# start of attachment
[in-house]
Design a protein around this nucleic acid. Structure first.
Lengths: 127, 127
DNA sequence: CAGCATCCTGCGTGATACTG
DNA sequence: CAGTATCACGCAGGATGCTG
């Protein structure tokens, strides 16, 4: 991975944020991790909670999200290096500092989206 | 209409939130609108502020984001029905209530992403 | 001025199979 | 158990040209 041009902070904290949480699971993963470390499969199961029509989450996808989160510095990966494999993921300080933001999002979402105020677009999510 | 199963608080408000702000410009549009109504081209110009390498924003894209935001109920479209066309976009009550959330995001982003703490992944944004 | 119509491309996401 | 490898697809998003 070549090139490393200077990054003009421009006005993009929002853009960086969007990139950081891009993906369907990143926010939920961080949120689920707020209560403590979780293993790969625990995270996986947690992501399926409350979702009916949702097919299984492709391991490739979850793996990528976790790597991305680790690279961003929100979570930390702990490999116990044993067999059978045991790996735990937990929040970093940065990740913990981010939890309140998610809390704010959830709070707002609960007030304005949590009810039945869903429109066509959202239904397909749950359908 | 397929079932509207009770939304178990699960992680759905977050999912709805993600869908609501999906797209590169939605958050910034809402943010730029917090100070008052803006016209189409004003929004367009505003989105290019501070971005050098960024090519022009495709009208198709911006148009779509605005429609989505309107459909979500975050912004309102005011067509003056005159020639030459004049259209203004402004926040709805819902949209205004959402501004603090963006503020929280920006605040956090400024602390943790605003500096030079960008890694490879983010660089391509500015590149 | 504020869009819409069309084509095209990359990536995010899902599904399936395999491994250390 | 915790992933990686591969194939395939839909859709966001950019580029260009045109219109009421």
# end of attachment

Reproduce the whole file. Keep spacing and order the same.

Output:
[in-house]
Design a protein around this nucleic acid. Structure first.
Lengths: 127, 127
DNA sequence: CAGCATCCTGCGTGATACTG
DNA sequence: CAGTATCACGCAGGATGCTG
């Protein structure tokens, strides 16, 4: 991975944020991790909670999200290096500092989206 | 209409939130609108502020984001029905209530992403 | 001025199979 | 158990040209 041009902070904290949480699971993963470390499969199961029509989450996808989160510095990966494999993921300080933001999002979402105020677009999510 | 199963608080408000702000410009549009109504081209110009390498924003894209935001109920479209066309976009009550959330995001982003703490992944944004 | 119509491309996401 | 490898697809998003 070549090139490393200077990054003009421009006005993009929002853009960086969007990139950081891009993906369907990143926010939920961080949120689920707020209560403590979780293993790969625990995270996986947690992501399926409350979702009916949702097919299984492709391991490739979850793996990528976790790597991305680790690279961003929100979570930390702990490999116990044993067999059978045991790996735990937990929040970093940065990740913990981010939890309140998610809390704010959830709070707002609960007030304005949590009810039945869903429109066509959202239904397909749950359908 | 397929079932509207009770939304178990699960992680759905977050999912709805993600869908609501999906797209590169939605958050910034809402943010730029917090100070008052803006016209189409004003929004367009505003989105290019501070971005050098960024090519022009495709009208198709911006148009779509605005429609989505309107459909979500975050912004309102005011067509003056005159020639030459004049259209203004402004926040709805819902949209205004959402501004603090963006503020929280920006605040956090400024602390943790605003500096030079960008890694490879983010660089391509500015590149 | 504020869009819409069309084509095209990359990536995010899902599904399936395999491994250390 | 915790992933990686591969194939395939839909859709966001950019580029260009045109219109009421």